Vinsamlegast notið þetta auðkenni þegar þið vitnið til verksins eða tengið í það: http://hdl.handle.net/1946/13894
Since human embryonic stem cells (hES cells) were discovered they have been studied intensively, revealing hES cells as a powerful research tool for understanding early embryonic development in humans. Furthermore, hES cells are promising candidates in therapeutic treatments and stem cell therapies. hES cells have been differentiated into cells of all the three germ layers that at later stages of development form the human body.
During human embryonic development, the embryo is dependent on blood supply for nurture and growth. Blood supply is also vital for the adult human body, as almost all tissues depend on blood flow. Since blood is supplied via blood vessels, formation of blood vessels is an essential process both during human embryonic development and during postnatal stages of life. Blood vessel formation is also crucial for tumors in cancer, as tumors are dependent on nutrition via blood supply for them to be able to grow and metastasize. Endothelial cells line the interior surface of blood vessels and they are necessary in formation of blood vessels, as they proliferate, migrate and invade the extracellular matrix (ECM) to form vascular structures throughout the human body. Members of the TGFβ superfamily have been shown to play a role in blood vessel formation. In most cell types, TGFβ signals through the TGFβ type I receptor activin receptor-like kinase 5 (ALK5) but endothelial cells express the endothelial specific TGFβ type I receptor ALK1. TGFβ can therefore signal via the ALK1 and the ALK5 receptor in endothelial cells.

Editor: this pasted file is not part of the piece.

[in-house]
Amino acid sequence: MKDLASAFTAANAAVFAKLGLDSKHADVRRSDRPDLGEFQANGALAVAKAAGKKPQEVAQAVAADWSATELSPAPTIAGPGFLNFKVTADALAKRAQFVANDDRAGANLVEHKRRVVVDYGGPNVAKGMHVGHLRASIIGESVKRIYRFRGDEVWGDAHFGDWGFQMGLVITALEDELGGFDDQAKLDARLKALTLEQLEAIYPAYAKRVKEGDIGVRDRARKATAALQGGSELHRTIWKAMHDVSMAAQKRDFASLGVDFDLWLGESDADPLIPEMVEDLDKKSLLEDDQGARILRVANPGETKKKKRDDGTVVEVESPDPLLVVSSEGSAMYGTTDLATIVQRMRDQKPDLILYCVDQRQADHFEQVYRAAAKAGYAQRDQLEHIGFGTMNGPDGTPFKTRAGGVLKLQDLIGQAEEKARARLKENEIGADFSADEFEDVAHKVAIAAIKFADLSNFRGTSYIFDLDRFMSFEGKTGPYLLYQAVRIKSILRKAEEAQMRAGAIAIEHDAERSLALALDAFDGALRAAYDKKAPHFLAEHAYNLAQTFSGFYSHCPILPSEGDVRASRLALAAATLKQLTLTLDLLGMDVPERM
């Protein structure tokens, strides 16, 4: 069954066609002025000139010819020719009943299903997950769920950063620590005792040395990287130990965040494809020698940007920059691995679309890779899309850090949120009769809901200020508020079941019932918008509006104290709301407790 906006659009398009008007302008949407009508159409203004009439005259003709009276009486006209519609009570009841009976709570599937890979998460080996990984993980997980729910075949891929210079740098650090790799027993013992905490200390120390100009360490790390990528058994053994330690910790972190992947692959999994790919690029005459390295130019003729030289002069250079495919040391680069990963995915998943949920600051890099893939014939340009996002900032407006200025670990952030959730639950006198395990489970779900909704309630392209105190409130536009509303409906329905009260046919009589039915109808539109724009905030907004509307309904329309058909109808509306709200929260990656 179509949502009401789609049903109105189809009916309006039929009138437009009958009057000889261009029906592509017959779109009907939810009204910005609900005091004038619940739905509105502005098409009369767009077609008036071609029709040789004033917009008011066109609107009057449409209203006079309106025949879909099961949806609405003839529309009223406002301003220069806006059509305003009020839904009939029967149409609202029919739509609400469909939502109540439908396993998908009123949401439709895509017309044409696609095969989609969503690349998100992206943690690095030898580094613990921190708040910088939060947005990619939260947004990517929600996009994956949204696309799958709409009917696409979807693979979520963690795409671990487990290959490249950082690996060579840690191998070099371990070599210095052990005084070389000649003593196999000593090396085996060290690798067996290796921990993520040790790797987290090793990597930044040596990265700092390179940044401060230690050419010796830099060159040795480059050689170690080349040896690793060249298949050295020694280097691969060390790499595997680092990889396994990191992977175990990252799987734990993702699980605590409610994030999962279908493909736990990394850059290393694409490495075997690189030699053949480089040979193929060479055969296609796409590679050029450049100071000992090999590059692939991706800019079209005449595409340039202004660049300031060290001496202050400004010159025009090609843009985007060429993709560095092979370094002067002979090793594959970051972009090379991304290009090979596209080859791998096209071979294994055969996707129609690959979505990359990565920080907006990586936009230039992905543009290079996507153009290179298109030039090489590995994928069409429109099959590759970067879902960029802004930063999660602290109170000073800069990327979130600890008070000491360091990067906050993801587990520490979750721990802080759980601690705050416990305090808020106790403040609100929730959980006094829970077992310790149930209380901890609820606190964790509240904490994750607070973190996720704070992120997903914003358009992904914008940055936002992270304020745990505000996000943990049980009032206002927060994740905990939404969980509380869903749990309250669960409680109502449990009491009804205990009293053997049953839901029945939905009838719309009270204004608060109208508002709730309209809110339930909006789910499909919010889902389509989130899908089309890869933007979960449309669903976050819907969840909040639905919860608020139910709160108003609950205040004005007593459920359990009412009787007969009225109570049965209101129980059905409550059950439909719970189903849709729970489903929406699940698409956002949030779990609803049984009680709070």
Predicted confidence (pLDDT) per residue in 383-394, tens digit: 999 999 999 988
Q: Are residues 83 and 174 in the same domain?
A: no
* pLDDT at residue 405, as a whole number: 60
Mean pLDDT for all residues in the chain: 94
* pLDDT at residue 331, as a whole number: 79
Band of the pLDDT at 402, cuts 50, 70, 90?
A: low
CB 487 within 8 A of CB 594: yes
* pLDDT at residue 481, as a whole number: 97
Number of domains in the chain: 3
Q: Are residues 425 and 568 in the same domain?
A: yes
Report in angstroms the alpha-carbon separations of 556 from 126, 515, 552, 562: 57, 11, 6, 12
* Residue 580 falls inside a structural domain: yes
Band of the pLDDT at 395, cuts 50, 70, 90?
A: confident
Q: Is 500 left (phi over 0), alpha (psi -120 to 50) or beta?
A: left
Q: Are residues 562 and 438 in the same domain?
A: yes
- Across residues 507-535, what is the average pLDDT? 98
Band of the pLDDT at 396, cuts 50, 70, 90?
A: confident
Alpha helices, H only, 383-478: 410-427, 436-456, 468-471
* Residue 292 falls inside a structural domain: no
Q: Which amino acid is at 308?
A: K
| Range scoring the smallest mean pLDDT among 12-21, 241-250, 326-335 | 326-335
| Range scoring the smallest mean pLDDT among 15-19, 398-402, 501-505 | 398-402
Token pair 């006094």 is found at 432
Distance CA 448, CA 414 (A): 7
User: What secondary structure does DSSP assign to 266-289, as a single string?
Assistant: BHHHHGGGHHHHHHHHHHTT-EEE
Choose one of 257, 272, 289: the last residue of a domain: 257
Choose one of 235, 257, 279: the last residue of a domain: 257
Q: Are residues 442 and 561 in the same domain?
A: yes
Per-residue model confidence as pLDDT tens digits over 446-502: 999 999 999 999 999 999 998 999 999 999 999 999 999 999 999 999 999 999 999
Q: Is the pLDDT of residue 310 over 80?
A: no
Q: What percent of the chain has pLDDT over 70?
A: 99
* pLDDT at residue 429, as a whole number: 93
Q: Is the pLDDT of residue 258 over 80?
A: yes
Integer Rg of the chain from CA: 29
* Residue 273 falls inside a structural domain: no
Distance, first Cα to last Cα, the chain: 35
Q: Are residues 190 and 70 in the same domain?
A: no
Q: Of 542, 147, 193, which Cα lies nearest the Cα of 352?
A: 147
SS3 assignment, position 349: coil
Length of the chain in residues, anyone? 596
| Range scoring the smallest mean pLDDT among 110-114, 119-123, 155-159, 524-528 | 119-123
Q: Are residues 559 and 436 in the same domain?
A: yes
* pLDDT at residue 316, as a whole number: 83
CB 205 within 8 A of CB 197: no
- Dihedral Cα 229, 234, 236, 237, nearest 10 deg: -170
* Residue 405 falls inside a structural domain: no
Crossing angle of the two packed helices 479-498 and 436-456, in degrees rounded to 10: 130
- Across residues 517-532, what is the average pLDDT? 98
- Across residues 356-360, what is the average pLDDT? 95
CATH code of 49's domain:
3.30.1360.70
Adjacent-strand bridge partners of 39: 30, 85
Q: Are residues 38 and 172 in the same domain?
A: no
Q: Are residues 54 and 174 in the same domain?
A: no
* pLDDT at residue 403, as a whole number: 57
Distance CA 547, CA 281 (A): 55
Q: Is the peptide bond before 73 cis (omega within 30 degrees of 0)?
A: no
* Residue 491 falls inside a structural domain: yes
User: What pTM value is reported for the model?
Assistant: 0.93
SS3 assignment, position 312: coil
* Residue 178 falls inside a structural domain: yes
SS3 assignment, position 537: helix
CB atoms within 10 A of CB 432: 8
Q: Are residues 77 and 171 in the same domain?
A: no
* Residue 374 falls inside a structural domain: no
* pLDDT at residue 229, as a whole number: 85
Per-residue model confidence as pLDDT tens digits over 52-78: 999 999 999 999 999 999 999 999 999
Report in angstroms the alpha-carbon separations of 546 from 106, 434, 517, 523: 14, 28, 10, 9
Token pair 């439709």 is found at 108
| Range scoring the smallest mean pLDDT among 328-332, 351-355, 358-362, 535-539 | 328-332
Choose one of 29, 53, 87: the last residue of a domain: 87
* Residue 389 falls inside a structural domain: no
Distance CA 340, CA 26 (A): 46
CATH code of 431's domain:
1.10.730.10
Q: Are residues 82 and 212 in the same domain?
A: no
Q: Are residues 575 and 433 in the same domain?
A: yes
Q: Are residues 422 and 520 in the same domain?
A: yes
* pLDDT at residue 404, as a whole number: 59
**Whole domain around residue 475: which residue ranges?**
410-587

The aim of this project was to study the role of ALK1 and ALK5 in blood vessel formation, both in the adult human body and during human embryonic development, using human umbilical vein endothelial cells (HUVECs) and hES cell derived endothelial cells, respectively. Constitutively active (ca) ALK1 and caALK5 were overexpressed in HUVECs before their biological effects on tube-like formation and invasion were evaluated. Efforts were made to identify novel genes activated by ALK1 and ALK5. It was shown that ALK1 promotes tube-like formation and invasion by upregulating Id1, while ALK5 has a negative effect on blood vessel formation, likely through upregulation of thrombospondin-1 (TSP-1). To study the role of ALK1 and ALK5 in vascular development of hES cell derived cells, a method was set up to differentiate hES cells into endothelial cells. The endothelial properties of the differentiated cells were determined by evaluating protein expression and by performing biological assays recapitulating angiogenesis in vivo. A neutralizing antibody specifically raised against ALK1 was used to determine the importance of ALK1 in vascular embryonic development. The differentiation method resulted in a cell population with endothelial properties. Results indicate the importance of ALK1 in hES cell derived vascular development, although the findings are preliminary. Taken together, this study provides further insight into the role of ALK1 and ALK5 in blood vessel formation, both during human embryonic development and in the adult human body.